The region supports world-class habitat for elk, mule deer, and bighorn sheep, and the Missouri provides scenic multi-day fishing trips for anglers. Camping, hunting, hiking, and biking in the Breaks region are hard to beat, and stargazers will tell you that it’s difficult to find a place with less light pollution.
Most of this landscape is made up of public land that belongs to all of us and is managed by the Bureau of Land Management and the U. S. Fish and Wildlife Service. On the south side of the Missouri, where the breaks climb and meet the rugged grasslands, the BLM is in the process of updating its resource management plan.Conservation of this unique landscape in central #Montana won’t happen on its own. #publiclandsproud Click To Tweet
This is a planning document that outlines the management of several hundred thousand acres of BLM lands for the next 20 years or more. This is also a public planning process that provides a unique and critical opportunity to protect some of the best wildlife habitat and most remote public lands in the country from further fragmentation and development.
The Theodore Roosevelt Conservation Partnership recognizes the importance of these lands to wildlife, outdoor recreationists, and sportsmen. The political landscape and threats to the region have changed since the last resource management plan was written some 30 years ago, and sportsmen and women are ready to act.
Nearly 1,000 individuals and local stakeholders have delivered collaborative support for the adoption of a common-sense approach for conserving high-value public lands through backcountry conservation management. By utilizing this tool, the BLM would safeguard large intact habitats from development, maintain and improve important dispersed recreation opportunities, and focusing management on the conservation, restoration, and enhancement of key habitats, all while sustaining traditional uses of the land that help support local economies.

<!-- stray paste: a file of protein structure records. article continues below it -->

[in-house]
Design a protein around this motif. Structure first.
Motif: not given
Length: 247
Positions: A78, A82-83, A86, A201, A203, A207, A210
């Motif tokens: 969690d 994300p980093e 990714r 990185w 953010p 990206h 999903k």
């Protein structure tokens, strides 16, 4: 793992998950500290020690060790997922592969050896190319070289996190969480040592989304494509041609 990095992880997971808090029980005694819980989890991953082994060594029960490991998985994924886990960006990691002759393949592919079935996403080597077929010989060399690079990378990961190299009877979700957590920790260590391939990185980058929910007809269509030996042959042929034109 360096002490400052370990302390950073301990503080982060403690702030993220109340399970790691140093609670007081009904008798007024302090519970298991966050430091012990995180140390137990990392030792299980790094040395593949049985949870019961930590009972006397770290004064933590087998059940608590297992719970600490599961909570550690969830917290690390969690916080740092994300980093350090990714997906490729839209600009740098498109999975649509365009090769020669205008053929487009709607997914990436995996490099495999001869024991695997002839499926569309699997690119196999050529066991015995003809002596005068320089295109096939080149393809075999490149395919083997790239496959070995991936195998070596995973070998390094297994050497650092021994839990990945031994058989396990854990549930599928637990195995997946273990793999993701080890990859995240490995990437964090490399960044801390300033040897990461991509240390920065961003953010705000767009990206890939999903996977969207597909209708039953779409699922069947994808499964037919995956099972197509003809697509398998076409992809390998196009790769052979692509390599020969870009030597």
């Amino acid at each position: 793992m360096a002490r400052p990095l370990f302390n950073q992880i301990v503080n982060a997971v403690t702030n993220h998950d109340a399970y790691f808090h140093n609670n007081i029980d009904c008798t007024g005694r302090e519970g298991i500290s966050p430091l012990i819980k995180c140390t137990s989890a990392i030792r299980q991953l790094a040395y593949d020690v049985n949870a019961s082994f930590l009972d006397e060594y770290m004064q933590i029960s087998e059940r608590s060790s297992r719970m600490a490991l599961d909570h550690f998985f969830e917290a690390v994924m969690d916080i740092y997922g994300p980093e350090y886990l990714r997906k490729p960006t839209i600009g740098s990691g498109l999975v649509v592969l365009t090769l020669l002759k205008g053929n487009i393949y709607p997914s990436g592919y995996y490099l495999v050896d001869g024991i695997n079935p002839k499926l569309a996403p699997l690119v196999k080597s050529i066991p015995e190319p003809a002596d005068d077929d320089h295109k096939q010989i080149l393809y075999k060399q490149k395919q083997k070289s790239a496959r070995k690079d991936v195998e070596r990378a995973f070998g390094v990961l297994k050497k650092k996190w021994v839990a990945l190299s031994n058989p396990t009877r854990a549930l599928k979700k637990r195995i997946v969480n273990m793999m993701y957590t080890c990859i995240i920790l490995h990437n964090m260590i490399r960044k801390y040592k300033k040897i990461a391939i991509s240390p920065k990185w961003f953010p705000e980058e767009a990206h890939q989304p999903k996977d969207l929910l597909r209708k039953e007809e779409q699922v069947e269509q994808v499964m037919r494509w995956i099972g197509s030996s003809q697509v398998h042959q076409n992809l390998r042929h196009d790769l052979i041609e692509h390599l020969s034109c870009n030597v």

Recent wildfires have devastated several hundred thousand acres of rangeland and wildlife habitat in this region. It’s important to note that the proposed backcountry management tool would encourage restoration activities that would benefit the wildlife and the people who depend on this landscape.
The draft of the resource management plan is expected to be released for public comment in late 2017. Visit TRCP.org/join to be the first to know about your opportunity to get involved.
Conservation of this unique landscape won’t happen on its own. It takes strong voices to protect these areas from future fragmentation and development. As Theodore Roosevelt once said, “a nation behaves well if it treats the natural resources as assets which it must turn over to the next generation increased and not impaired in value.” Here’s a great chance for us to do just that.
New data will help state and federal agencies prioritize conservation and access projects in areas most used by hunters and anglers
Maps of Idaho’s most valued hunting and fishing areas have been made available to state and federal agencies, as well as the public, to help guide future land management decisions.
More than 400 hunters and anglers contributed to the Theodore Roosevelt Conservation Partnership’s mapping project, and the data have been assembled in a geographic information system that can be overlaid with maps showing critical habitat, land ownership, and planned development. After hosting 20 mapping events with sporting clubs from around the Gem State, the TRCP confirmed that hunters are fiercely protective of nearby hunting and fishing opportunities and are profoundly aware of the areas with the most waterfowl, fish, upland birds, predators, and big game.
“With the help of sportsmen, we’ve been able to pinpoint lands that are cherished for their hunting and fishing values, so that land managers can prioritize habitat conservation and the enhancement of public access in these areas,” says Rob Thornberry, TRCP’s Idaho field representative out of Idaho Falls.New maps of #Idaho’s most valued #hunting & #fishing areas could help guide conservation decisions Click To Tweet